Sen. Tommy Tuberville (R-Ala.) on Nov. 7 vowed not to back down from his blockade of senior military promotions despite concerns over military readiness and national security, although the lawmaker later suggested he might allow promotions to happen in certain cases.
The Alabama senator made the comments to reporters following a closed-door meeting with Senate Republicans on Tuesday regarding the blockade of more than 400 military promotions.
The Republican senator noted that despite nearly two hours of discussions, he and his colleagues were still unable to reach a consensus to end the blockade.
Still, he left with "five or six" options to move forward with, Mr. Tuberville said, including more cloture votes, overturning the Pentagon policy in a larger annual defense bill—the National Defense Authorization Act—or a potential lawsuit—against whom he did not say.
Mr. Tuberville said he is also working with five Republican senators to find a solution to the matter: Sens. Joni Ernst (R-Iowa.), Dan Sullivan (R-Alaska), Mike Lee (R-Utah), Ron Johnson (R-Wis.), and Lindsey Graham (R-S.C.), Politico reported.
The lawmaker also stressed that while his "hold" would remain in place for now, he might allow promotions for "people who really need to be promoted."
'Standing Up for the Unborn'Mr. Tuberville's comments to reporters following the meeting differed slightly during an interview with CNN later on Tuesday in which he vowed not to back down from his promotions blockade at all.
"I’m still dug in," he told CNN. “I’m standing up for the unborn."
The lawmaker noted, however, that "there’s going to have to be some give-and-take here as we go through this because there’s 450 out there that haven’t had a promotion," and later suggested he might be open to removing the blockade at some point.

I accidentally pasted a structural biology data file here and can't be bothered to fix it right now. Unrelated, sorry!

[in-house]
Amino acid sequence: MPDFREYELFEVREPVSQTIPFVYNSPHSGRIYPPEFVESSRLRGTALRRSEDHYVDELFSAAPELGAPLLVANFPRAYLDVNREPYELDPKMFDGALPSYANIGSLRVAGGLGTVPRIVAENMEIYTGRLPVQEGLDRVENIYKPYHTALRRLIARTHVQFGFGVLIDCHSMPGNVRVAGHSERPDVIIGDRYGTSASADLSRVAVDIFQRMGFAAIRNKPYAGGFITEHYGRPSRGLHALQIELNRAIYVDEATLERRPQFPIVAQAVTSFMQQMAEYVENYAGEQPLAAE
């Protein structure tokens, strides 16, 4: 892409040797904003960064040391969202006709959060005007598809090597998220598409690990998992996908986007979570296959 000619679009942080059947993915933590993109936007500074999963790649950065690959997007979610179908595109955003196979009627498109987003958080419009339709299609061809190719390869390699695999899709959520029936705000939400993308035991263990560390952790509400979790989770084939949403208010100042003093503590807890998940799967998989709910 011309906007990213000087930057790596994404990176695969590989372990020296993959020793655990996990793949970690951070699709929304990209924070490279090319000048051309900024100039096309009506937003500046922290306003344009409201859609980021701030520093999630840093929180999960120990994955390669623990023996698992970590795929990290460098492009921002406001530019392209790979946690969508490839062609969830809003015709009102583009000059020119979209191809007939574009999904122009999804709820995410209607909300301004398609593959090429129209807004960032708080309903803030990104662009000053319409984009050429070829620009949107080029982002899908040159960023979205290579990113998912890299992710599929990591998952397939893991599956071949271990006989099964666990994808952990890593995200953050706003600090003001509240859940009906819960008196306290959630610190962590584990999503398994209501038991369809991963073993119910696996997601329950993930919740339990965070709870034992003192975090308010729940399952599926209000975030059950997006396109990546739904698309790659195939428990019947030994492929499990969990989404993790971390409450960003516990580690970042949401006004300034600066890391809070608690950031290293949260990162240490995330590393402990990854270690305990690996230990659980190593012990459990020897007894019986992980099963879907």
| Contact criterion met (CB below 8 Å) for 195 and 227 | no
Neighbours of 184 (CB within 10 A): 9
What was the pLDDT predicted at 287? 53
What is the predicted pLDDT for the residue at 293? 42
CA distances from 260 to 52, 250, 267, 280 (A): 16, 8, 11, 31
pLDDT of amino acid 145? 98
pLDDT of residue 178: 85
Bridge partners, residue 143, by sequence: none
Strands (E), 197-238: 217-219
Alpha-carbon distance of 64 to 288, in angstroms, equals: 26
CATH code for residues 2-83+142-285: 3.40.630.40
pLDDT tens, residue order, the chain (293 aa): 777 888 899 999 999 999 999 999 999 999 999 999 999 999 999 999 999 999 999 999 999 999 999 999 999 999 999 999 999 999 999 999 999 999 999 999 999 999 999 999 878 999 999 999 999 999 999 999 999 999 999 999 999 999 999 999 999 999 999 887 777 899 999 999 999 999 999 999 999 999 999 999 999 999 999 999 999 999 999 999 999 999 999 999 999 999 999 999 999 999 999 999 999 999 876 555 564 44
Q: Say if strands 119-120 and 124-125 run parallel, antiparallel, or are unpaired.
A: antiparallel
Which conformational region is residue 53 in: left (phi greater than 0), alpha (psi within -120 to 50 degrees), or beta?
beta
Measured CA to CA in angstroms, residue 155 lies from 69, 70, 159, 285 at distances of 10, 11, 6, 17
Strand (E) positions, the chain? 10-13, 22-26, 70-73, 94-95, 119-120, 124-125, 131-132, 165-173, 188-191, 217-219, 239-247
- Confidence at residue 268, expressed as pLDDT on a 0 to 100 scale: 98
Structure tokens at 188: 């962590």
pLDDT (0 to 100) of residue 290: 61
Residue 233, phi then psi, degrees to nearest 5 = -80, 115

"That just depends on some of their actions and how they answer some of the questions that I’m gonna ask them," Mr. Tuberville said of the Pentagon, adding that he planned to meet with senior DOD officials in the coming days. "But no, I’m not willing to drop them right now, no."
Mr. Tuberville has for months called on the Pentagon to scrap its abortion policy, which was announced last October in a memo.
Under the policy, military members who have to go out of state to obtain an abortion are able to be reimbursed for travel and transportation costs.
The policy also grants up to 21 days of paid leave for military members looking to either personally obtain an abortion or accompany a spouse or other dependent for the procedure.
National Security ImpactsPresident Joe Biden’s administration instituted the new rules following the Supreme Court's decision to overturn Roe v. Wade, prompting some states to limit or outright ban the procedure.
However, Mr. Tuberville has claimed Secretary of Defense Lloyd Austin unilaterally imposed the "unlawful abortion policy" for America's military and that taxpayers will essentially foot the bill for military abortions.
"That’s not how our system is supposed to work. Under the Constitution, Congress writes the laws and Congress directs all federal spending. Yet Secretary Austin has effectively changed the law and spent money without Congress taking a vote. That’s dangerous overreach by the executive branch," the Republican wrote.
While Mr. Tuberville has stood firm in his opposition to the abortion policy, senior officials have repeatedly warned that his blockade of senior military promotions threatens national security.
In a Nov. 2 statement, Mr. Austin said the "unprecedented delay in confirming our military’s top leaders has hurt our military’s readiness and unnecessarily weighed down our military families, who already give up so much to support those who serve."
The defense secretary also called on the Senate to "take swift action" on the issue so that "American heroes can lead our team in keeping our country safe."